On Day 4 of the Raspberry Tank build diary, we figured that the best way of putting the Pi in control of this tank would be to remove the TK-YL101-3 board that normally receives and decodes the RF signal from the remote control, and get the Pi to replicate the commands it sends to the main controller. The underwater vehicle autonomy community often refers to this as the “backseat driver” paradigm – one processor handles things like missions and behaviours (the Raspberry Pi, in this case) while another handles things like motors and firing mechanisms (here, the RX-18).
Step 1: Wiretapping
I found an old bit of choc block (not the tasty kind) lying around, and split that red, black and green cable from yesterday with that in the middle. Trailing leads were attached to the signal and ground lines (oddly coloured black and red respectively) and plugged into the only oscilloscope I had handy.
Step 2: Sampling the Signal
A bit of manual triggering revealed the approximate nature of the command signal, and verified that it changed slightly when the remote controls were altered, but unfortunately the scope was not advanced enough to reliably trigger on the beginning of each message, meaning that it was impossible to watch the waveform change with the remote controls in any sensible way.
The signal was 20ms long, with a 4ms gap between each. Within the signal itself, there were oscillations between 4V and 0V with the shortest mark or space taking around 300 microseconds. The first 5ms or so of the signal were roughly constant, but that was as far as I got.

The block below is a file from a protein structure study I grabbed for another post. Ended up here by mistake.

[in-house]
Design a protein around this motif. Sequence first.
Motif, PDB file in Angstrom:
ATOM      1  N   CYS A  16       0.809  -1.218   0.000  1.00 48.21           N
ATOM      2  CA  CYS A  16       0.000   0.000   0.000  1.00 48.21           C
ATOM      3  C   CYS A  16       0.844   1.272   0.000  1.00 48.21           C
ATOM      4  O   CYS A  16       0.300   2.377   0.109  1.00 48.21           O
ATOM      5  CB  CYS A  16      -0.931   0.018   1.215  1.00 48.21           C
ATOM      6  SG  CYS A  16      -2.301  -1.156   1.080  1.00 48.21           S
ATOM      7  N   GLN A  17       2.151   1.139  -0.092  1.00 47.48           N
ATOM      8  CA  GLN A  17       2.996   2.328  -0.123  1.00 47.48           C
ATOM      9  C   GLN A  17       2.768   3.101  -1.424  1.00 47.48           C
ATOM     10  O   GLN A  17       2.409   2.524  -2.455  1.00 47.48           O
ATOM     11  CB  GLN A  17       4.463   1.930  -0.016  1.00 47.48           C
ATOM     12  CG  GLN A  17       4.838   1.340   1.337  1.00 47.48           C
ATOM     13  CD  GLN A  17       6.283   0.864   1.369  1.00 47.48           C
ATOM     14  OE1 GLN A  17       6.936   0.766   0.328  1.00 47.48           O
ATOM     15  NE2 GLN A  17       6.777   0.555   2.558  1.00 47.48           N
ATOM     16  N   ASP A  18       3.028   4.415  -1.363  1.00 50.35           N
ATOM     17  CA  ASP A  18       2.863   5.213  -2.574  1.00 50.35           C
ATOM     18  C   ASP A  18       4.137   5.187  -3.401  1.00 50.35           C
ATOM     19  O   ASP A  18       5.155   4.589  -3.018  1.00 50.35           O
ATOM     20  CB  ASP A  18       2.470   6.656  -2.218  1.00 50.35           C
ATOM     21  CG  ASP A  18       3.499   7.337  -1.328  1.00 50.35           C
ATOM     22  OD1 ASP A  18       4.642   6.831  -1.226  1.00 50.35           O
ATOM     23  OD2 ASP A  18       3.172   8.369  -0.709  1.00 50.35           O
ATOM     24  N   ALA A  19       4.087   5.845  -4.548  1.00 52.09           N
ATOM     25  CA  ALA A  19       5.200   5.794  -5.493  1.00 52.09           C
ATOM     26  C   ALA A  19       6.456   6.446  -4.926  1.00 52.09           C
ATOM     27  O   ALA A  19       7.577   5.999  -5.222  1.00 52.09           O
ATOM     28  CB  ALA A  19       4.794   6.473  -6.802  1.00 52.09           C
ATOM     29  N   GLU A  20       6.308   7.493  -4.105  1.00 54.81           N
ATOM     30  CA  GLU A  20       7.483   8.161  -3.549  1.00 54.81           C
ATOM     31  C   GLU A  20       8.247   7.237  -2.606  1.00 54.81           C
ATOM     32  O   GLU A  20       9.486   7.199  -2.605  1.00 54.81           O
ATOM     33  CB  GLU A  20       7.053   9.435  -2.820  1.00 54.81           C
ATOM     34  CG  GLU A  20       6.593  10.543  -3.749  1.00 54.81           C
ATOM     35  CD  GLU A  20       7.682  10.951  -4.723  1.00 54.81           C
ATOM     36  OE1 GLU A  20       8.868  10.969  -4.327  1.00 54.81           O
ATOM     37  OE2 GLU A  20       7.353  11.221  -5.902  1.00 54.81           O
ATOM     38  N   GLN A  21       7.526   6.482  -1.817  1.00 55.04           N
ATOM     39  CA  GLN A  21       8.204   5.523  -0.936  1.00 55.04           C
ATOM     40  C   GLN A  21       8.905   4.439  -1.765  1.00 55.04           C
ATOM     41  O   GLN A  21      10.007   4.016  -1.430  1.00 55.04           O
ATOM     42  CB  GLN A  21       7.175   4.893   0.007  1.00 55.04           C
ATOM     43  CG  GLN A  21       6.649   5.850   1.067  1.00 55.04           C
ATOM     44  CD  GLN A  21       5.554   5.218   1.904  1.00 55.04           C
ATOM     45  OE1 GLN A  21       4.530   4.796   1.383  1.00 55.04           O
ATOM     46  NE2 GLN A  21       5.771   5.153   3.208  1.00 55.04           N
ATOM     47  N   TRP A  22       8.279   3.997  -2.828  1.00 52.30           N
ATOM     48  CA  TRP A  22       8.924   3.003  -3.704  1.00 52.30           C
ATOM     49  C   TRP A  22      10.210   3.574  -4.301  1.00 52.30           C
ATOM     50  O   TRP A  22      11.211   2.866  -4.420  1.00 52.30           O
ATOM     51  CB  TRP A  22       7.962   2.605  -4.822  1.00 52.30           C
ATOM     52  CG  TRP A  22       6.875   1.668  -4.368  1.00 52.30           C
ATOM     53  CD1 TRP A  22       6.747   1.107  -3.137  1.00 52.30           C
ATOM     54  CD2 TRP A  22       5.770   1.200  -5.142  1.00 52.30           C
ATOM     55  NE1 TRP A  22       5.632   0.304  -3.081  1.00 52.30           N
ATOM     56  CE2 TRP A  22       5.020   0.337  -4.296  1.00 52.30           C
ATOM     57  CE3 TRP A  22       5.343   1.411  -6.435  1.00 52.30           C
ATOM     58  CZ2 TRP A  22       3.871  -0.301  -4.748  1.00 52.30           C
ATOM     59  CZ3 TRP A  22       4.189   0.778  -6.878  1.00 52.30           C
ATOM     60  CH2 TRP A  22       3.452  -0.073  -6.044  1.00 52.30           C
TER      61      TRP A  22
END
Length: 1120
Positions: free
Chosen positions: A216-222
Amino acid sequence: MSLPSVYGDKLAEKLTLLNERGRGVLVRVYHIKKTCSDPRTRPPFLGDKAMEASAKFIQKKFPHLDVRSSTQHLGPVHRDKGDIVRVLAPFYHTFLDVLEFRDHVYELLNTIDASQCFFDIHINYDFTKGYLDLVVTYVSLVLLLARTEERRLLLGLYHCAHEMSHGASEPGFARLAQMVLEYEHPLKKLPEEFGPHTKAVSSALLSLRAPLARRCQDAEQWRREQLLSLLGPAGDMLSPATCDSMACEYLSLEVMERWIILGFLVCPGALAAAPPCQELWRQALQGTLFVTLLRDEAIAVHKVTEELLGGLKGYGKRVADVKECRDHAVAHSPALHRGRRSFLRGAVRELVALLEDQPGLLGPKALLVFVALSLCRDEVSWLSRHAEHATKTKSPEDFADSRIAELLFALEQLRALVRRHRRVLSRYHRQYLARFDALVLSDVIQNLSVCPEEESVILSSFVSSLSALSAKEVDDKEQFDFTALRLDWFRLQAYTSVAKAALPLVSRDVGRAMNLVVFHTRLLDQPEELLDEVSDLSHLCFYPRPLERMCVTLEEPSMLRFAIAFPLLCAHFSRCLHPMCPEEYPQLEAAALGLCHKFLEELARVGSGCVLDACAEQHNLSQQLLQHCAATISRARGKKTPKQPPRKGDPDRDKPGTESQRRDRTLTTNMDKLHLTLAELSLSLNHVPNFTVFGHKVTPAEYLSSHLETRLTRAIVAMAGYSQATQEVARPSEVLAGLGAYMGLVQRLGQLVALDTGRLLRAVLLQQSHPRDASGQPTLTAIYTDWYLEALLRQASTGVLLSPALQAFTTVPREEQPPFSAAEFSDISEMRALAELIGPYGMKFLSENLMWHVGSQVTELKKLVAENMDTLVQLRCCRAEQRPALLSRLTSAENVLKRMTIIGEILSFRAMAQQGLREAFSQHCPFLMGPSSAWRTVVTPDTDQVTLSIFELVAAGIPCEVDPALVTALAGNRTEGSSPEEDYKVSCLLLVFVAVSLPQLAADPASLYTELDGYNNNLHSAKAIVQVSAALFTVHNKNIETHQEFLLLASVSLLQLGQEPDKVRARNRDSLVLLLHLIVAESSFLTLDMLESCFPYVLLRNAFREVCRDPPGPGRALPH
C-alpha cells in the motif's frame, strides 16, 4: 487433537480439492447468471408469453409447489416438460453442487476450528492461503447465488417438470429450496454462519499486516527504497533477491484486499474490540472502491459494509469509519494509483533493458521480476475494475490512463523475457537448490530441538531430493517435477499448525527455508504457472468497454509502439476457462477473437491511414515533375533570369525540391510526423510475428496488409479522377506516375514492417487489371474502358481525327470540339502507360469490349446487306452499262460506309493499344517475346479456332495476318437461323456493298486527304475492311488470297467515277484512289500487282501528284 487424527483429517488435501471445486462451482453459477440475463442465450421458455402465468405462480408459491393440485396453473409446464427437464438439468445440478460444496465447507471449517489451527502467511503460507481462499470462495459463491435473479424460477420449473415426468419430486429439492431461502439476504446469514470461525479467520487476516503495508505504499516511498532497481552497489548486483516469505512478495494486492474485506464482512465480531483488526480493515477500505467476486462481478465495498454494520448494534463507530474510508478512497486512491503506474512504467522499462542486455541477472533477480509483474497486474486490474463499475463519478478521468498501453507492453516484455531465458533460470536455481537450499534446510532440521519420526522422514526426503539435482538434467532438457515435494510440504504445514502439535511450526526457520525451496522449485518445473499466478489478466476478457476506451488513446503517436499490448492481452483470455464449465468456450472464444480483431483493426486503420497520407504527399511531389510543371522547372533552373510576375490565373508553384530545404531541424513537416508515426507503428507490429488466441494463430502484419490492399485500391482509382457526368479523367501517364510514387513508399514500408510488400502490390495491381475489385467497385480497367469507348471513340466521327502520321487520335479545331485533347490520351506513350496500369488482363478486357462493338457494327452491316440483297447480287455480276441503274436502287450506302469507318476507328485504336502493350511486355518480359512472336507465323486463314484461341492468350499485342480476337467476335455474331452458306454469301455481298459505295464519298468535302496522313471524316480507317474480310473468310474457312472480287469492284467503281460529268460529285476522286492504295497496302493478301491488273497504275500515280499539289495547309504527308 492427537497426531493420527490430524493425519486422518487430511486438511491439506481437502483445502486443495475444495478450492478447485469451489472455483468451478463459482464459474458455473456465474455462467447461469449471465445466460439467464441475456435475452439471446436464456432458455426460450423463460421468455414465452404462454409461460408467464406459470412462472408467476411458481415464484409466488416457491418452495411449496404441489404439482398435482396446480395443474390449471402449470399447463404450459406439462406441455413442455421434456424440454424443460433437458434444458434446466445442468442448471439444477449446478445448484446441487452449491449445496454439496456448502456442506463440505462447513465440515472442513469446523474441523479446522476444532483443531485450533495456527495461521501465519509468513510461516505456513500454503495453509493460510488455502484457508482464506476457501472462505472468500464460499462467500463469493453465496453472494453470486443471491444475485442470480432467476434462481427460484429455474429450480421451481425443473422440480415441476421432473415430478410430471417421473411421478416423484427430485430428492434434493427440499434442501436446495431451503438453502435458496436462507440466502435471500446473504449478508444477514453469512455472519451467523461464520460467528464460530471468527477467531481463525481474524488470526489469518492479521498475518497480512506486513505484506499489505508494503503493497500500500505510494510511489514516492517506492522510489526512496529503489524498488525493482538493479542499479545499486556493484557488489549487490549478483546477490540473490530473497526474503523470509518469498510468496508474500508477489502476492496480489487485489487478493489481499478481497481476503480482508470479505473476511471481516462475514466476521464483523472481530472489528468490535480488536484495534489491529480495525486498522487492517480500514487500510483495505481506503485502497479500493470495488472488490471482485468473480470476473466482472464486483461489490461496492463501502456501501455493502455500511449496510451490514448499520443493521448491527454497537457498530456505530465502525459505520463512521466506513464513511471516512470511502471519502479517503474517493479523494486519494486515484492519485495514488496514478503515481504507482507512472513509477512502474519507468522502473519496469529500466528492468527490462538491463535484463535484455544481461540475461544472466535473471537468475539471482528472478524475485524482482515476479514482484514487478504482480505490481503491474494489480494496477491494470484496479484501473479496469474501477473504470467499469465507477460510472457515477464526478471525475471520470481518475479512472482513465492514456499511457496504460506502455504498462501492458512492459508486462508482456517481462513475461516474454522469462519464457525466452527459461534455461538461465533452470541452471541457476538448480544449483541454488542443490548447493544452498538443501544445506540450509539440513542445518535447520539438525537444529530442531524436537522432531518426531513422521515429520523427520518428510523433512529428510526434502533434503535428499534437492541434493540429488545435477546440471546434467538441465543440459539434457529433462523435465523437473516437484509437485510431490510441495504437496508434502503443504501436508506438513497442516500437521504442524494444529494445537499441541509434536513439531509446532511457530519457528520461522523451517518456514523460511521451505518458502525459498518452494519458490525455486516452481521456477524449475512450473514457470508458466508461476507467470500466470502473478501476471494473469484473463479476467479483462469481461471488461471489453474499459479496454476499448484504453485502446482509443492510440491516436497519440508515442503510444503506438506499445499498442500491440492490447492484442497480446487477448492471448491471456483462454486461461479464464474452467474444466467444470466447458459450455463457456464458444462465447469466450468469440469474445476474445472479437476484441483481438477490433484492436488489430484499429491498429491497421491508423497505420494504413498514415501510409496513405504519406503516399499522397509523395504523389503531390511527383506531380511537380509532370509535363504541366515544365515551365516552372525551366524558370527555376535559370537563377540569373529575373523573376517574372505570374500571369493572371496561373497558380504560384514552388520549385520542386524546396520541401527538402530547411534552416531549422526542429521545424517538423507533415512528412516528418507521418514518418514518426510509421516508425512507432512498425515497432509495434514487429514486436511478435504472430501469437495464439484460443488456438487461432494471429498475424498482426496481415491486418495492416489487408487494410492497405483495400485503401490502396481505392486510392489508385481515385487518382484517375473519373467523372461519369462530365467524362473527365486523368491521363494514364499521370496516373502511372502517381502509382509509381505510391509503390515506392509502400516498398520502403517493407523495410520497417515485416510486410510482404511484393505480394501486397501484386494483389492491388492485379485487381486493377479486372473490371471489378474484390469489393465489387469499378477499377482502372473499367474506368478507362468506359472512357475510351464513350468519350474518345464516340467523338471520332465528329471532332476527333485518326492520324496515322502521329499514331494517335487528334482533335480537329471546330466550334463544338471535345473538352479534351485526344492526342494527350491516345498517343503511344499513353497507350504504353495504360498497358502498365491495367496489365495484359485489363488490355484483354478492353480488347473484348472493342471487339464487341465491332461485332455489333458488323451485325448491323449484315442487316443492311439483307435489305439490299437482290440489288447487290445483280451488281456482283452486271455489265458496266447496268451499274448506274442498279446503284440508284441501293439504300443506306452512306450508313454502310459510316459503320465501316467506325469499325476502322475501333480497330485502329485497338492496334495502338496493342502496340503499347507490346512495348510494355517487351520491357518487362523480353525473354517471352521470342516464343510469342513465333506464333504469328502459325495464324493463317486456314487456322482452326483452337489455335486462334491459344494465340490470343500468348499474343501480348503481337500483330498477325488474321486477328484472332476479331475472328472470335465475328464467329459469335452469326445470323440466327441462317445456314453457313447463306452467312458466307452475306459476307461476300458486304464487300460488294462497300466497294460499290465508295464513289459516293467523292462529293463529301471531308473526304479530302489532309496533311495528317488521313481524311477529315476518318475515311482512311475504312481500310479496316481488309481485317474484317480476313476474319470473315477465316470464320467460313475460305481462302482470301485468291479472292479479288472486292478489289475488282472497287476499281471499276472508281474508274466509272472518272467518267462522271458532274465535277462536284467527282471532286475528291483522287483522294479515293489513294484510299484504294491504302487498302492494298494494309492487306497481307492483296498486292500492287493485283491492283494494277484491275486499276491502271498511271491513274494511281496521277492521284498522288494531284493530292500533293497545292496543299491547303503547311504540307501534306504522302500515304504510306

I set off to find a proper logic analyser and returned… to discover that the internet had done the work for me!
Step 3: Cracking the Code
While I was trying to track down a logic analyser, ancvi_pIII on the RC Tanks Australia forum posted exactly the waveform I was looking at – explaining that it was a Manchester coded bit pattern, and listing all the currently-known commands that it can send.
Reverse engineering is easy when other people do it for you 🙂
(In case that forum disappears from the ‘net, the relevant image is here. All thanks to ancvi_pIII for producing this!)
Now, there remains the slight issue that we have not yet figured out the checksum algorithm employed by the TK-YL101 chip. I have had a go at looking for patterns, and checked the results of a 4-bit XOR and various 4-bit sections of an 8-bit XOR, but so far have achieved nothing besides increasing my respect for Alan Turing.
Still, even without the checksum algorithm we still have 12 command sequences that can control each function of the tank – all we are missing is the ability to use them in combination, which may be an issue for hobbyists improving their remote controls, but is less so for an autonomous vehicle where time and fluidity of motion are rarely paramount.
So what’s next?
While I continue to have a go at the checksum code in the background, the Raspberry Tank project can move forward with what we already know. Next time on the Raspberry Tank build diary, we will get a program up and running on the Pi to see if its GPIO pins will be able to recreate the TK-YL101 board’s signal!